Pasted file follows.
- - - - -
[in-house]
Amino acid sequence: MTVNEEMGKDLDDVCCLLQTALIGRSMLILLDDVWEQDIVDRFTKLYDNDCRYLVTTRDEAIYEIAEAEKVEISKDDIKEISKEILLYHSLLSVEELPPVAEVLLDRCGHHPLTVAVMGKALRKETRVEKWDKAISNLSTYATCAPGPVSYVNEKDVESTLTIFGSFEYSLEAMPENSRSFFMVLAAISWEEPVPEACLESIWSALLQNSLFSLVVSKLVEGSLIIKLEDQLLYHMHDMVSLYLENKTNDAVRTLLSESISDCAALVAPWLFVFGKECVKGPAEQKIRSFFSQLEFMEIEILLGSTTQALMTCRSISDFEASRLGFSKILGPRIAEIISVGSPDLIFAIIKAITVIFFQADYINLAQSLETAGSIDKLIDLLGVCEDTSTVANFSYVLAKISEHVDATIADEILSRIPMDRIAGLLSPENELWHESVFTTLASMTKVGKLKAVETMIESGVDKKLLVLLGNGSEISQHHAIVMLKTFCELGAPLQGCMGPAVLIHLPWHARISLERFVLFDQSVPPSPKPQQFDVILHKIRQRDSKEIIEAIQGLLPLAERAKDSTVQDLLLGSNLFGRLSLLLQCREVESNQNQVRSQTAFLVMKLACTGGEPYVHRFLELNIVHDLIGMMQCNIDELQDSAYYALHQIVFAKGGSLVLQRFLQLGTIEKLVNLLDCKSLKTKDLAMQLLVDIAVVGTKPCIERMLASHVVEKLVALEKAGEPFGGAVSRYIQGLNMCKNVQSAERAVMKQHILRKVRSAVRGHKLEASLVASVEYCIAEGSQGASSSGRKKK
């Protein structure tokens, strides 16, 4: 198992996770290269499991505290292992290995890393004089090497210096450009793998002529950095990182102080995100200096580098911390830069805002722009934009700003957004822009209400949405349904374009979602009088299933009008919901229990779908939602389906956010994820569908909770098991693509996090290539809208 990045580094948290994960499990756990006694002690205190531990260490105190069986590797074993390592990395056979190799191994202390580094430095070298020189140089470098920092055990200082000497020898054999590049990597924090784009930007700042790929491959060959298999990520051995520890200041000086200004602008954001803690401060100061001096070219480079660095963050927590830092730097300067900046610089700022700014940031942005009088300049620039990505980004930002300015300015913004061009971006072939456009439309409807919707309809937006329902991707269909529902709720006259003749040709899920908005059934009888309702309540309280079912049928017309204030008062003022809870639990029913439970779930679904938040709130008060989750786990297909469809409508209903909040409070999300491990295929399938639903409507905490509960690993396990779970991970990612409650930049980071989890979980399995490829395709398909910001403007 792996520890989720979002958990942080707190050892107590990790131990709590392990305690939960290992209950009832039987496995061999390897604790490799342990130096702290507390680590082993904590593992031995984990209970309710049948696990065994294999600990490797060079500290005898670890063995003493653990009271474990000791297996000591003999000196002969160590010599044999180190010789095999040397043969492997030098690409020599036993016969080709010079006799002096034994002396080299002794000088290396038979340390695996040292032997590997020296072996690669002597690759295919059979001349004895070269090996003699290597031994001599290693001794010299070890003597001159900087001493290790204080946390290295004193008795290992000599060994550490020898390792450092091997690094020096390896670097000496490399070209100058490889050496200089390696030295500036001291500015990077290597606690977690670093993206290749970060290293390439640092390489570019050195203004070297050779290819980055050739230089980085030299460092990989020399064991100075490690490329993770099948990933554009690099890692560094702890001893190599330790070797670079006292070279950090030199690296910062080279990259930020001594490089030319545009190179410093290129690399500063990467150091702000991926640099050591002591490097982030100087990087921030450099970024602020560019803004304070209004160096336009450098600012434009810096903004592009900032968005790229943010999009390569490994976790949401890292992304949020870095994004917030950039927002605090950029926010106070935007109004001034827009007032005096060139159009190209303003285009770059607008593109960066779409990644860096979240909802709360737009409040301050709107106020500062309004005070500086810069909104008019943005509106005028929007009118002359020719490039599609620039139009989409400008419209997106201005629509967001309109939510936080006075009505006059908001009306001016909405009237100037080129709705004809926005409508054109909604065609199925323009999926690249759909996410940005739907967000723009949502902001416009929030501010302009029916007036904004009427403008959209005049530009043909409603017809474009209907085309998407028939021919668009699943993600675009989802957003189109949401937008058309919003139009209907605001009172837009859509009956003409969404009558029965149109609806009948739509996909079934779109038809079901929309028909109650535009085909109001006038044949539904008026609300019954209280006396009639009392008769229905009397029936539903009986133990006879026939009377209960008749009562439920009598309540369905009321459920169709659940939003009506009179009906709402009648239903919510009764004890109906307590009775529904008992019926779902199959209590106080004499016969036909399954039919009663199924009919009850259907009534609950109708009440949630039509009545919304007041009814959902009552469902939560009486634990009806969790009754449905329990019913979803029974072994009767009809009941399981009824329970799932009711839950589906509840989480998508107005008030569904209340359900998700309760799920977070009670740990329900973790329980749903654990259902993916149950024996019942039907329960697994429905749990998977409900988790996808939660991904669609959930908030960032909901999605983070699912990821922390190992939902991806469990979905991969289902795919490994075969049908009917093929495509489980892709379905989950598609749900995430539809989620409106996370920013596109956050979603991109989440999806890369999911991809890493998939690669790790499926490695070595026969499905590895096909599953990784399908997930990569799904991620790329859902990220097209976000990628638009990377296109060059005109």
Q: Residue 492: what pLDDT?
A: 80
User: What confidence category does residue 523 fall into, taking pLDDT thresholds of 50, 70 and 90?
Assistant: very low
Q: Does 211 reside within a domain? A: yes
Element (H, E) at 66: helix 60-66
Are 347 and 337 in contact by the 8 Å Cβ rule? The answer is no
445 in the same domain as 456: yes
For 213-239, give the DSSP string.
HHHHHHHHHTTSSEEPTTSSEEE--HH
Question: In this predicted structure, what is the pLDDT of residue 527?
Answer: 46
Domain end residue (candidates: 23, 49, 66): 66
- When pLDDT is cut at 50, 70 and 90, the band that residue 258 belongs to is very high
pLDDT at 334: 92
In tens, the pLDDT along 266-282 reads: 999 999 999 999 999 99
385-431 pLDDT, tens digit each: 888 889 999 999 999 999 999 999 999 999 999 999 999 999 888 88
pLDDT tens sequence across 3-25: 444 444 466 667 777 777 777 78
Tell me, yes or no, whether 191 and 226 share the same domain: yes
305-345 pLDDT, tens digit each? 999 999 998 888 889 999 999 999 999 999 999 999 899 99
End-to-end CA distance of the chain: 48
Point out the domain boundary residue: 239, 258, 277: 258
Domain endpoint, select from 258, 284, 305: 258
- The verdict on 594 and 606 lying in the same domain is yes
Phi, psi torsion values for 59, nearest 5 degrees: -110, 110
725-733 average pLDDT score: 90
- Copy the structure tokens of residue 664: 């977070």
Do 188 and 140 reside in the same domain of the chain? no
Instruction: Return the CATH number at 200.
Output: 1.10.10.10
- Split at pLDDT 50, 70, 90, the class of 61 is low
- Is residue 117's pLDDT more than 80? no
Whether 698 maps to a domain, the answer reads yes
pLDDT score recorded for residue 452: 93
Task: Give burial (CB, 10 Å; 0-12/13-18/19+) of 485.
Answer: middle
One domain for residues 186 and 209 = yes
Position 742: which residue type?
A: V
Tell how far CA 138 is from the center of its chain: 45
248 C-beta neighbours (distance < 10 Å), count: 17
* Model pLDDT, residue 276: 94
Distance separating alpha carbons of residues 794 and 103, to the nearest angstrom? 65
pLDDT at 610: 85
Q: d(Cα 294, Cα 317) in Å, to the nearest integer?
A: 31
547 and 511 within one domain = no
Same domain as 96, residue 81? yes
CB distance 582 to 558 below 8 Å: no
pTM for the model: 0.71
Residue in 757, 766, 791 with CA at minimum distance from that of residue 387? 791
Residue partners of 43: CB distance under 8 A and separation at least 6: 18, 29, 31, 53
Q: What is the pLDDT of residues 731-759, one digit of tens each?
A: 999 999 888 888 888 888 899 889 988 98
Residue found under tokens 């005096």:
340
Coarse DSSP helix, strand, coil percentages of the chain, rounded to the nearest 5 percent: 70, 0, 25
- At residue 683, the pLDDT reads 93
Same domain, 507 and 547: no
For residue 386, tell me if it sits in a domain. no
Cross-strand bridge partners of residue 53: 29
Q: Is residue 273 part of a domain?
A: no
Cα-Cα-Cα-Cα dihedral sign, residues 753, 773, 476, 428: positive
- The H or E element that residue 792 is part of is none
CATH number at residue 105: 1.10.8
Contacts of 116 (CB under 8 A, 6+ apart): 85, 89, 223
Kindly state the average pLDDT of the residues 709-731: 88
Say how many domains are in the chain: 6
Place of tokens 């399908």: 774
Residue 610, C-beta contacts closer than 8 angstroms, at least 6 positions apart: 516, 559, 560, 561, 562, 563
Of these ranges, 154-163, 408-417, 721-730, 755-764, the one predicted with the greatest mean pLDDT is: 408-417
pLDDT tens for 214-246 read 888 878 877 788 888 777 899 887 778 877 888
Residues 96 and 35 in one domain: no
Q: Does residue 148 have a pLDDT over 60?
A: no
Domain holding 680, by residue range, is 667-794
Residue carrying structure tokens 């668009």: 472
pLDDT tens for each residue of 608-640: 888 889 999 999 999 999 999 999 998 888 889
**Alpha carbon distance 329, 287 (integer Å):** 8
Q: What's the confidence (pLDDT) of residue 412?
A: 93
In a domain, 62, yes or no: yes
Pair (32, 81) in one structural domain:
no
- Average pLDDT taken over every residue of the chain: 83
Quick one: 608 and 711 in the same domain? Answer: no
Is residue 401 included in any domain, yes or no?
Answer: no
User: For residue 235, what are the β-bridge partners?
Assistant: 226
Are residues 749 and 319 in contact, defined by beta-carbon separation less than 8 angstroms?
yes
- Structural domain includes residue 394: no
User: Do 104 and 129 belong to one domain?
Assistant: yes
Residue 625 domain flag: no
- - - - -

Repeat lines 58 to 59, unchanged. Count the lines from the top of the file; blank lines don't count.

Residue found under tokens 């005096």:
340